Inverse function

In mathematics, the inverse function of a function f (also called the inverse of f) is a function that undoes the operation of f. The inverse of f exists if and only if f is bijective, and if it exists, is denoted by

A function f and its inverse f −1. Because f maps a to 3, the inverse f −1 maps 3 back to a.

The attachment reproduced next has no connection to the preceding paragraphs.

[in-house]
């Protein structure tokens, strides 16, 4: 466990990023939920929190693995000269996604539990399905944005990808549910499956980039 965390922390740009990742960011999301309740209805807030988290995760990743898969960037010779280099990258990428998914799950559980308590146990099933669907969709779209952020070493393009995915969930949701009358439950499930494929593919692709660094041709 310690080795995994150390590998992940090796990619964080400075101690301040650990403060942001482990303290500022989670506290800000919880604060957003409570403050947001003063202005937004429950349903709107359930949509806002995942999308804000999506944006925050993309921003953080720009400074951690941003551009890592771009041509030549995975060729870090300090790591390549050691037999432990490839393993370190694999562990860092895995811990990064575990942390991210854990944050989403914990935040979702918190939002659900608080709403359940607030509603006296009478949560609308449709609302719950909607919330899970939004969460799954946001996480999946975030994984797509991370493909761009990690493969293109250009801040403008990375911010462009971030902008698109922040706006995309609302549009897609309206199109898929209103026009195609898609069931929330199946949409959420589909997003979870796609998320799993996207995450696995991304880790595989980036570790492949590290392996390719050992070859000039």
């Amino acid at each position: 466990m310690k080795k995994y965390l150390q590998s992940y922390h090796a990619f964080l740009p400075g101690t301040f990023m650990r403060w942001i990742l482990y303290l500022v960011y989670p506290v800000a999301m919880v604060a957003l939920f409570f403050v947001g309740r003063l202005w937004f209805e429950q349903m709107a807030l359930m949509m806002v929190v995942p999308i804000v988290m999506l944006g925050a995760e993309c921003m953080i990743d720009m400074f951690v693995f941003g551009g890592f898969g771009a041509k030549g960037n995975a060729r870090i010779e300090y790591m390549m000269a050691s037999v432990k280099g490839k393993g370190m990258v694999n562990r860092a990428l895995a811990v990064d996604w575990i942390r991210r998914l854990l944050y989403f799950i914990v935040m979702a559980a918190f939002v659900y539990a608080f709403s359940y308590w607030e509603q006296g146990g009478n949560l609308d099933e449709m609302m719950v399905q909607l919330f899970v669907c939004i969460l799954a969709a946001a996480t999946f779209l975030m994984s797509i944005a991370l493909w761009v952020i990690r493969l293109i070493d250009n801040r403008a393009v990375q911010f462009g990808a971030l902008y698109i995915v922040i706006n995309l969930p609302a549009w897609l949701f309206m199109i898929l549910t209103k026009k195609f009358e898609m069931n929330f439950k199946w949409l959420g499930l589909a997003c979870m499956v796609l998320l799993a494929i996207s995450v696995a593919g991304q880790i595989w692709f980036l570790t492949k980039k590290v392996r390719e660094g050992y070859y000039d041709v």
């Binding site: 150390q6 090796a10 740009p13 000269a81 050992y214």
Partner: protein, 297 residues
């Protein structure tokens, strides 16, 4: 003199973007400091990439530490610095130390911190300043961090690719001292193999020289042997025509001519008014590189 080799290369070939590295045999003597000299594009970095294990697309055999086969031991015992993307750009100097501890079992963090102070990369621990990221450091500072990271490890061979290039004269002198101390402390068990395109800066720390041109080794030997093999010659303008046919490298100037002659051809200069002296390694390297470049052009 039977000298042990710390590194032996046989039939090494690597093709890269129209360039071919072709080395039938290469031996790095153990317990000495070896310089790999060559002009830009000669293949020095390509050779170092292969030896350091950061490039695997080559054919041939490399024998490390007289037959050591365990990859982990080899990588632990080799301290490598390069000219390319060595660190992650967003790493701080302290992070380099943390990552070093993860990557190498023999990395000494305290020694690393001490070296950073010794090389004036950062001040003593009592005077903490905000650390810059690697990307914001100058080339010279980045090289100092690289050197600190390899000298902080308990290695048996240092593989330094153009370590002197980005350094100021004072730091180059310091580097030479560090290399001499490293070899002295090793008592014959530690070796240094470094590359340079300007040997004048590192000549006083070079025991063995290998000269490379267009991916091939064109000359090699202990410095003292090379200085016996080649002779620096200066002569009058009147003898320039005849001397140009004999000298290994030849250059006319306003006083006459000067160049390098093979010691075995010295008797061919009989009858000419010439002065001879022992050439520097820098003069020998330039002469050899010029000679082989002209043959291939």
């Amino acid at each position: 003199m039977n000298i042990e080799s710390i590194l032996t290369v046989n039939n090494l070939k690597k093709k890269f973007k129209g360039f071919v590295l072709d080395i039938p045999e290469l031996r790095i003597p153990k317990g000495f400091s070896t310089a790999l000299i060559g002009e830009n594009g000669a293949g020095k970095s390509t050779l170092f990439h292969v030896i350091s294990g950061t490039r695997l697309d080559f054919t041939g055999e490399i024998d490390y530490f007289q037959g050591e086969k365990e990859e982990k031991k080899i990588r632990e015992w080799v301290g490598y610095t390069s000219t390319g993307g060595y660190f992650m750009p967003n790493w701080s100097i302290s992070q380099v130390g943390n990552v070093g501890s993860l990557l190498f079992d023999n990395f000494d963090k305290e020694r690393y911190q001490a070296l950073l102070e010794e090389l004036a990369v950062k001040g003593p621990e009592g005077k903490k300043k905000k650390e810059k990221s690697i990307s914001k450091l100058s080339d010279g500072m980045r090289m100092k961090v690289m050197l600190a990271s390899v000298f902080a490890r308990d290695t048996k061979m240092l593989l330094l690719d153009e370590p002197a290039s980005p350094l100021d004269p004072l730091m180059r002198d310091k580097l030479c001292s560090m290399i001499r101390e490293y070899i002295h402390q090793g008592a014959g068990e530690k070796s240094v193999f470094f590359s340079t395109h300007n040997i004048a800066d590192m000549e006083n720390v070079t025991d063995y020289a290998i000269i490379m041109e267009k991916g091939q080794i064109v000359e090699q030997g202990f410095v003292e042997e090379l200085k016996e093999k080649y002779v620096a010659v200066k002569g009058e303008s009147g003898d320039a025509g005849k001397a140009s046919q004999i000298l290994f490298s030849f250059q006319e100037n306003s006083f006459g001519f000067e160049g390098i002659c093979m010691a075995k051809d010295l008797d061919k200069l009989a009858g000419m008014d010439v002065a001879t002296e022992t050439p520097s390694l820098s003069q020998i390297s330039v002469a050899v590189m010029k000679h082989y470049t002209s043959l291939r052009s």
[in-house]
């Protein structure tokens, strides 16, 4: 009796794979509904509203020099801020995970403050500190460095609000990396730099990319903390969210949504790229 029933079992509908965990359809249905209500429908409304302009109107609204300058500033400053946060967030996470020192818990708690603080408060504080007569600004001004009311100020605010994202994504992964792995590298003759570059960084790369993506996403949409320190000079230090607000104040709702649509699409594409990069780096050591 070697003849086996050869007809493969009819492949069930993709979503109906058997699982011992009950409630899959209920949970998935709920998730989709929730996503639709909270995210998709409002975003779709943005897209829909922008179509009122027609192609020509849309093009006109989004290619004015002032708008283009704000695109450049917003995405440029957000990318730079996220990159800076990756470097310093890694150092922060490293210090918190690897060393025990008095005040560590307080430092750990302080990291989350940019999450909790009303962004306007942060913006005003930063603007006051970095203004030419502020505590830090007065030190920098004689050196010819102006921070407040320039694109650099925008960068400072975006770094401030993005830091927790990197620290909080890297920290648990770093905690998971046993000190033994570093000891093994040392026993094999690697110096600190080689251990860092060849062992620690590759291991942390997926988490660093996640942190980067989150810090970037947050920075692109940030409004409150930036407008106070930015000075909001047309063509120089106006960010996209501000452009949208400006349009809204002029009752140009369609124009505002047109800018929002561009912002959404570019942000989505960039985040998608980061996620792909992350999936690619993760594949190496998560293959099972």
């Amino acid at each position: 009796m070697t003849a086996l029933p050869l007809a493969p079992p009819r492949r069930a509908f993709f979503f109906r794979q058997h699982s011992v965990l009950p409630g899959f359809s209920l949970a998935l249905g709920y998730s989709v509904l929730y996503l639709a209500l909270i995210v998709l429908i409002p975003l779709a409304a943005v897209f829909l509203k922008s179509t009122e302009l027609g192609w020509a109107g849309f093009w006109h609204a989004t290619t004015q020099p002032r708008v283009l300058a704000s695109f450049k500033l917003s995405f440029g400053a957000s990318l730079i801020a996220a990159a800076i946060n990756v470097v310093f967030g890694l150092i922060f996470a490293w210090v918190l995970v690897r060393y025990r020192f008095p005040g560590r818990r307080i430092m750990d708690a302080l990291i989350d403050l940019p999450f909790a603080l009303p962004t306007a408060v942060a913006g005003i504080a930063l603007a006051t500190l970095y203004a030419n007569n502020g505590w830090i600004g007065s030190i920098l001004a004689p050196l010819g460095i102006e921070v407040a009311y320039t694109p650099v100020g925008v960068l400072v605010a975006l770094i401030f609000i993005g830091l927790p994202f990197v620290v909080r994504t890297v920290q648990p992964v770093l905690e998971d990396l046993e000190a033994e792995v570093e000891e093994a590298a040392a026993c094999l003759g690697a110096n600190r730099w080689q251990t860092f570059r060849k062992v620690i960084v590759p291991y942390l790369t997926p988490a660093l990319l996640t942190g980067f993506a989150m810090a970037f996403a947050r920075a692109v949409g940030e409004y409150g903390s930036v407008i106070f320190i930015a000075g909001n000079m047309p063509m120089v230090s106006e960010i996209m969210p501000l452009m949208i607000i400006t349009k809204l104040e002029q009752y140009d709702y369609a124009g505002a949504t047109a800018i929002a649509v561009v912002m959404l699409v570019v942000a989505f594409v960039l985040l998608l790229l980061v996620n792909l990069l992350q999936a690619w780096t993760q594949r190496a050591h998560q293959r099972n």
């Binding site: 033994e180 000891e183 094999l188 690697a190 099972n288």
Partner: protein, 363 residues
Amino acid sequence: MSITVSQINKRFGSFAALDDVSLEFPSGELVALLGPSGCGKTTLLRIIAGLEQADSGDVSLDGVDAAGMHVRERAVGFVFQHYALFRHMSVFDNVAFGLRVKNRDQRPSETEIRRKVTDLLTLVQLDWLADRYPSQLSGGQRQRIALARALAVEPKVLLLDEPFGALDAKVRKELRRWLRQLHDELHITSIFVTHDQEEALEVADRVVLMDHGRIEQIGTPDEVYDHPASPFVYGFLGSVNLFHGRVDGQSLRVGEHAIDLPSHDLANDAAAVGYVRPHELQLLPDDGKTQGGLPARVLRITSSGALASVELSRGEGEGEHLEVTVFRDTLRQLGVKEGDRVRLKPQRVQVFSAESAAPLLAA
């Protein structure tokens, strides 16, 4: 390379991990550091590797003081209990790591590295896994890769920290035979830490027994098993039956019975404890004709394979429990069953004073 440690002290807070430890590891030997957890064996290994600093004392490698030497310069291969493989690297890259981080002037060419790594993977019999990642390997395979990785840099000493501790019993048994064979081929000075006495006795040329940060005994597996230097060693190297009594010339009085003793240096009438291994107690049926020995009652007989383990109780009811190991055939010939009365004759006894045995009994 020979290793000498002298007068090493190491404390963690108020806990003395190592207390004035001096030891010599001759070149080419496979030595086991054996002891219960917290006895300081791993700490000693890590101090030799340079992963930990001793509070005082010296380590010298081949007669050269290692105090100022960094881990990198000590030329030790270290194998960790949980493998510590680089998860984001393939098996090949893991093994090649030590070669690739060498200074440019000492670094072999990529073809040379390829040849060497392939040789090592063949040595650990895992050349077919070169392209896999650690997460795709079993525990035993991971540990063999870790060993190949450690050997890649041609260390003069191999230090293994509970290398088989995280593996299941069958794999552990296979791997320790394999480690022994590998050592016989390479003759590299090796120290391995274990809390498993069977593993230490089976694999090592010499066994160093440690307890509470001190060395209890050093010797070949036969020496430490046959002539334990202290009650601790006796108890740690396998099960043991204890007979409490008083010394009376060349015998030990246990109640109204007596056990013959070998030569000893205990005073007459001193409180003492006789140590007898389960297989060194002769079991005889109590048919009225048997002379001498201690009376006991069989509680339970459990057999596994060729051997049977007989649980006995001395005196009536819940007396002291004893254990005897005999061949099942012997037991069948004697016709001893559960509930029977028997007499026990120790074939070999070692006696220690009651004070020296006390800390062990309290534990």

For a function , its inverse admits an explicit description: it sends each element to the unique element such that f(x) = y.

As an example, consider the real-valued function of a real variable given by f(x) = 5x − 7. One can think of f as the function which multiplies its input by 5 then subtracts 7 from the result. To undo this, one adds 7 to the input, then divides the result by 5. Therefore, the inverse of f is the function defined by

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